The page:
Bharat Express

Top Honors Awarded to Indian Whisky Disrupts Global Brand Landscape

As India establishes itself as a creator, not just a consumer, of whisky, its single malts are revolutionizing the nation’s $33 billion spirits market.

At a distillery close to New Delhi, oak casks that were formerly used to store wine and bourbon are stacked high with aged whisky as workers produce nearly 10,000 bottles of India’s single malt Indri a day, which was recently named the best whisky in the world.

The distillery is surrounded by sugarcane and mustard fields rather than peat bogs. Piccadilly, the owner of the two-year-old Indian brand, is increasing production and constructing a three-hole golf course to attract whisky enthusiasts and tipplers in the country.

India’s $33 billion spirits market is changing as the nation emerges as a producer of whisky as well as a consumer. This is thanks to its single malt whiskies.

Renowned international brands like France’s Pernod Ricard’s Glenlivet and Britain’s Diageo’s Talisker compete with regional rivals like Indri, Amrut, and Radico Khaitan’s Rampur for shelf space.

In contrast to many Asian nations where beer accounts for the majority of alcohol sales, India is primarily a whisky-drinking country. Global recognition, rising wealth, and a wave of consumers testing out new brands while cooped up during COVID-19 have upended India’s whisky scene, according to analysts and industry executives.

Aditya Prakash Rao used to drink international brands, but these days he buys more Indian malts for himself and as presents for special occasions.

Defying competitors from Scotland and the United States, Indri’s $421 (Rs 34,960) Diwali Collector’s Edition took home the title of “Best in Show” at the Whiskies of a World Awards blind tasting in San Francisco in August.

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Global brands that have concentrated on single malts aged in Scotland are turning to Indian whiskies in response to the drink-India trend to capitalize on the growth in one of the largest whisky markets globally.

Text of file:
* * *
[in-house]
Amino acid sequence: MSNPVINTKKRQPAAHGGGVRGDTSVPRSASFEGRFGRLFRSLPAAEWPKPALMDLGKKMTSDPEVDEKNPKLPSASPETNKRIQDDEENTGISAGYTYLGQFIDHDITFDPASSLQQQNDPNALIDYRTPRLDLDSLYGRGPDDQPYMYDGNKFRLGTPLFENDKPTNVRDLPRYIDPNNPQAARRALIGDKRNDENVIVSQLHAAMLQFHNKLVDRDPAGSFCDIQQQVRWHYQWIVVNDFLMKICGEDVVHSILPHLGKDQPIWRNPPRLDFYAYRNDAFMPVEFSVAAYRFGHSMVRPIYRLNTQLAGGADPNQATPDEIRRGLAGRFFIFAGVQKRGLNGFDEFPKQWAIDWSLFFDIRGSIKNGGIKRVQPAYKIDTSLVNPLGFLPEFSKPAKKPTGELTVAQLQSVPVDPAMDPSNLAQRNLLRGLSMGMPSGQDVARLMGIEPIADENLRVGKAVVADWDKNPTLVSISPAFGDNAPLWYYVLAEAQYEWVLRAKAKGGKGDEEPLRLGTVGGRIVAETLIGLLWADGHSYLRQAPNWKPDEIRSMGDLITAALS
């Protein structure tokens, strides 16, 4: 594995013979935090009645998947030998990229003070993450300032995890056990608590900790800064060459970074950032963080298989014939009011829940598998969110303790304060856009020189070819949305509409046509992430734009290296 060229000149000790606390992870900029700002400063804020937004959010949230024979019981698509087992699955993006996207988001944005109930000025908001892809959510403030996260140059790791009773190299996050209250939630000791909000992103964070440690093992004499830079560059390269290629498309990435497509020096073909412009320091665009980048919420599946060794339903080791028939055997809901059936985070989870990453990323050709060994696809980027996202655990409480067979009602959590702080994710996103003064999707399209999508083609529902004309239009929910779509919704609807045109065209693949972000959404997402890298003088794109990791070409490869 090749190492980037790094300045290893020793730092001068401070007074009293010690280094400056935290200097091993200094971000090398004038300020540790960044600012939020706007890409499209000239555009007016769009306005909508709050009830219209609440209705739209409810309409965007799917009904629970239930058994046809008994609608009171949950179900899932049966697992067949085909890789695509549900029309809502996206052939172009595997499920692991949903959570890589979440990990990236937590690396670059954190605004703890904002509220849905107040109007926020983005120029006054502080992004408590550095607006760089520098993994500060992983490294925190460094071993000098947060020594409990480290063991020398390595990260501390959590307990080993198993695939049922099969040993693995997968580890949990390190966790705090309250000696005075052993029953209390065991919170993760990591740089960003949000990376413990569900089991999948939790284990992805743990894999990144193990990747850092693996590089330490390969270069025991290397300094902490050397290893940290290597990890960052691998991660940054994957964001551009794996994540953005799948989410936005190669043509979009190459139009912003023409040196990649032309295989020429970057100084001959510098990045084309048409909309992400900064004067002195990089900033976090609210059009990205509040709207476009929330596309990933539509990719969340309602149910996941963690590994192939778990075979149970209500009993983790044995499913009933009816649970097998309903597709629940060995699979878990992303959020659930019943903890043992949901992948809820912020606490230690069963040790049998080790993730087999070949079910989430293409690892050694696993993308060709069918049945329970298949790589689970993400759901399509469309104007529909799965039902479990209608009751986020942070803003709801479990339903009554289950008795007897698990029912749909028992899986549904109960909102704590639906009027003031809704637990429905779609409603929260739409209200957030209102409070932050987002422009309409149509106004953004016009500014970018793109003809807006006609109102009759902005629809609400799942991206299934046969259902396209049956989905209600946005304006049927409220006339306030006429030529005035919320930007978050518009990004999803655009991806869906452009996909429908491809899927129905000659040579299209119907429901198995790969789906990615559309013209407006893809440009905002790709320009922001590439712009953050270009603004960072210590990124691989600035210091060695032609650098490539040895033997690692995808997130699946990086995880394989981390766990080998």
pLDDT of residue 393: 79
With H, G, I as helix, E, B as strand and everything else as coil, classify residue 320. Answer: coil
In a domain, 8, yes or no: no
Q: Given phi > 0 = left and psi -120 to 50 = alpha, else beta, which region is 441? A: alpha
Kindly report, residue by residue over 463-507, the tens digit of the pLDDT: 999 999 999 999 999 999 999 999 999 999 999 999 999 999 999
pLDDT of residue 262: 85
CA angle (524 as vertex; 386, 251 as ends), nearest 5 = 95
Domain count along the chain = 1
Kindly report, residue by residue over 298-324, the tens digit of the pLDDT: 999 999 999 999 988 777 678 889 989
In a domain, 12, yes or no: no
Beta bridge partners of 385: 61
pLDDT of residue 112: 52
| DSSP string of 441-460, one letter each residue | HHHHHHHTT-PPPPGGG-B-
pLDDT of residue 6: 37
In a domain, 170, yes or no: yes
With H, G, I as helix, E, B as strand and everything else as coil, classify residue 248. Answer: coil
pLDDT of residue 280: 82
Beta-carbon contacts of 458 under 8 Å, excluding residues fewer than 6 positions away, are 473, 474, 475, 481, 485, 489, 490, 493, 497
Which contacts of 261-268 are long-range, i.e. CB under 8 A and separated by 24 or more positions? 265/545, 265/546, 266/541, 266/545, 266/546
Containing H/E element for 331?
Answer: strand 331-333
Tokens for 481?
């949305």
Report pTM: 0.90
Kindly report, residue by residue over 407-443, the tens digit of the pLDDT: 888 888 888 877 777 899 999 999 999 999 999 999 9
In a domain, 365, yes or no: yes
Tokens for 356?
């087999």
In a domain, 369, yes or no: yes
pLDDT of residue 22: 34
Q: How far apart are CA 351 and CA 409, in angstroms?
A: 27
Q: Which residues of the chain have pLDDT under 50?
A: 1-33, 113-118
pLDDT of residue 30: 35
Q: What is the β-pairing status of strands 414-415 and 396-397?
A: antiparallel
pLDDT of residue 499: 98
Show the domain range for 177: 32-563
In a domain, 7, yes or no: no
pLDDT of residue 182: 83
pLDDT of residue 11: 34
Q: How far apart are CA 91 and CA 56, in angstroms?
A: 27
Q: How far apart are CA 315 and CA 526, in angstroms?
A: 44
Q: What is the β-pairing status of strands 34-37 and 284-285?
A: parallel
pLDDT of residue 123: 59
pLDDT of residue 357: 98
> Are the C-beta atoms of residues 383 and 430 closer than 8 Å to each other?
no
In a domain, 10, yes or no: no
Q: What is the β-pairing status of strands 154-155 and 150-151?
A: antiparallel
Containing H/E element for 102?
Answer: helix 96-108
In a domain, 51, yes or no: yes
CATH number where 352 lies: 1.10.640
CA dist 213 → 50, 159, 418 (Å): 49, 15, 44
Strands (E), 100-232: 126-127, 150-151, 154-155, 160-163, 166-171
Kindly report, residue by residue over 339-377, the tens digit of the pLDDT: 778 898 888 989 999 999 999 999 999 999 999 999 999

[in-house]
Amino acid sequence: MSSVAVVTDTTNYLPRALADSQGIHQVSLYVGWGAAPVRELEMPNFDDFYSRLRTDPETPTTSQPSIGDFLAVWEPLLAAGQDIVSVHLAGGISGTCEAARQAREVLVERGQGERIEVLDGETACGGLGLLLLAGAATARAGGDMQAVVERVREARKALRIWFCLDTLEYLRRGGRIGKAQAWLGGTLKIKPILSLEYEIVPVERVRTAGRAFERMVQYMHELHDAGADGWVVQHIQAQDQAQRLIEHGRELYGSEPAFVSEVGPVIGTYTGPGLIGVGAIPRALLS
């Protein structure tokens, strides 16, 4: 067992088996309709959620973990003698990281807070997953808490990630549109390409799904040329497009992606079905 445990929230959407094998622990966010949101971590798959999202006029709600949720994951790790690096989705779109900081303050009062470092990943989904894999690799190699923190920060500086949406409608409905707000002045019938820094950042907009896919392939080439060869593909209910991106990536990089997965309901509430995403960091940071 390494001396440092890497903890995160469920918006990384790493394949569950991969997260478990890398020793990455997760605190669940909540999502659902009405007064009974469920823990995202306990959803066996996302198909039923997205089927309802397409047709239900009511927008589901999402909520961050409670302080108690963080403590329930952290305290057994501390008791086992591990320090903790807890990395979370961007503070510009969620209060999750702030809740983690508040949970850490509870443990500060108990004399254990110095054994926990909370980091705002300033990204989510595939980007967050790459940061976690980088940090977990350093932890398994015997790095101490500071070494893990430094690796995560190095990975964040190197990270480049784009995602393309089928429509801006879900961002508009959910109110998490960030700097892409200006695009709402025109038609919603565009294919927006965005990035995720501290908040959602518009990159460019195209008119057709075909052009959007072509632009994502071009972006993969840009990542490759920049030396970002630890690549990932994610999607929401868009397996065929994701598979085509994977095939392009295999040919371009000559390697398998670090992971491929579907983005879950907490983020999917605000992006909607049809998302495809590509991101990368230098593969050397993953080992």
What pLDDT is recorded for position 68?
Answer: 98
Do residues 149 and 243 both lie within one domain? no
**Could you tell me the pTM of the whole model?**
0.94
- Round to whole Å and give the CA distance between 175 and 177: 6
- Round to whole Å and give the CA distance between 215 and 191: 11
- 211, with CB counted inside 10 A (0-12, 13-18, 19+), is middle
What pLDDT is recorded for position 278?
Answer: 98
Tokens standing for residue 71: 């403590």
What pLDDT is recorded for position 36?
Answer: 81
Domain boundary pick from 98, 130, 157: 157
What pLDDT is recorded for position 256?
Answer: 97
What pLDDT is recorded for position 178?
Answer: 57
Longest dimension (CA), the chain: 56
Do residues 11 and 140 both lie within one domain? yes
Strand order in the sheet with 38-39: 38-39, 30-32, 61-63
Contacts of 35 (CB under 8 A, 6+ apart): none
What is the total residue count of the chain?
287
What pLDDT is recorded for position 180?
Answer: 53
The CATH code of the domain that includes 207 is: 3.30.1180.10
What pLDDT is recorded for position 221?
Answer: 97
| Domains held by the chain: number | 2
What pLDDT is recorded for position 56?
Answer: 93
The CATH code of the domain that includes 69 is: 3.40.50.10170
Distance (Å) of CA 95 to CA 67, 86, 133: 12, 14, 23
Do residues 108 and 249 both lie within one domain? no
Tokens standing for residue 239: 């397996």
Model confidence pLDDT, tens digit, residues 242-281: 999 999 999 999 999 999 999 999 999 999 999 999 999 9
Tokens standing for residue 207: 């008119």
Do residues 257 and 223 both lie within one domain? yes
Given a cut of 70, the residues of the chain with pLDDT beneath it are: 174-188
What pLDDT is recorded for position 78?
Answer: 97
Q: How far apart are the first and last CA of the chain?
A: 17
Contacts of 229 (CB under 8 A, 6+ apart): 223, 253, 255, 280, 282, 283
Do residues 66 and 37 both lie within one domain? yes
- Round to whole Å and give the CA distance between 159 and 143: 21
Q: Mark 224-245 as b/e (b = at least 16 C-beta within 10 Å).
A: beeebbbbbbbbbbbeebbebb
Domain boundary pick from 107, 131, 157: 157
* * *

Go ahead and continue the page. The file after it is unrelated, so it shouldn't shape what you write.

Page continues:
Pernod uncorked its first made-in-India single malt on Wednesday, the $48 Longitude 77, accompanied by Bollywood stars and Indian music. The company intends to expand sales to Dubai and then the rest of the world.

“We have a lot of optimism for this category. It has experienced unheard-of growth,” stated Chief Marketing Officer of Pernod India Kartik Mohindra.

Future-focused category

The bigger competitor to Pernod, Diageo, introduced Godawan, its first Indian single malt, last year. Named after a large, endangered Indian bird, Godawan is sold in five international markets, including the US.

According to Vikram Damodaran, chief innovation officer of Diageo for India, “We seem to be moving from whisky in India to Indian whisky – within India and globally.”

Despite increasing 39% in volume last year, Amrut overtook Pernod’s Glenlivet, which had been India’s best-selling single malt for a long time, with a spike of 183%, according to Euromonitor data.

IWSR Drinks Market Analysis data indicates that in 2021–2022, Indian single malts increased by 144%, outpacing Scotch’s 32% growth. It projects that, from now until 2027, the consumption of Indian malts will increase by 13% annually, while Scotch will grow by 8%.

According to founder Siddhartha Sharma, Piccadilly Distilleries, makers of the Indri, intends to expand capacity by 66% to 20,000 litres (5,300 gallons) per day by 2025, reaching beyond the 18 foreign markets that account for 30% of its sales.

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The expansive distillery situated in a rural area 160 km (100 miles) north of India’s capital is intended to accommodate 100,000 casks, doubling its current capacity.

The local brands are not inexpensive; in stores close to New Delhi, Indri costs $37 (about Rs 3,000) per bottle, Amrut $42 (about Rs 3,400), and Rampur $66 (about Rs 5400). Pernod’s Glenlivet, on the other hand, varies in price depending on age, from $40 to $118.

CEOs, diplomats, celebrity chefs, and other invited guests were served the new single malt and cocktails made with it, along with local ingredients like Alphonso mangoes and Kashmiri saffron, by Pernod at the Longitude 77 launch.

According to Sanjeev Banga, president of international business, Radico expects Rampur sales to double annually and will concentrate more on growing the domestic market because foreign sales account for 75% of its total revenue.

“You have both Diageo and Pernod coming up with an Indian single malt,” he said, indicating the strongest endorsement of the category.

“Otherwise, they were only talking about their mainstream foreign brands,” Banga stated. “They realise this is a category of the future.”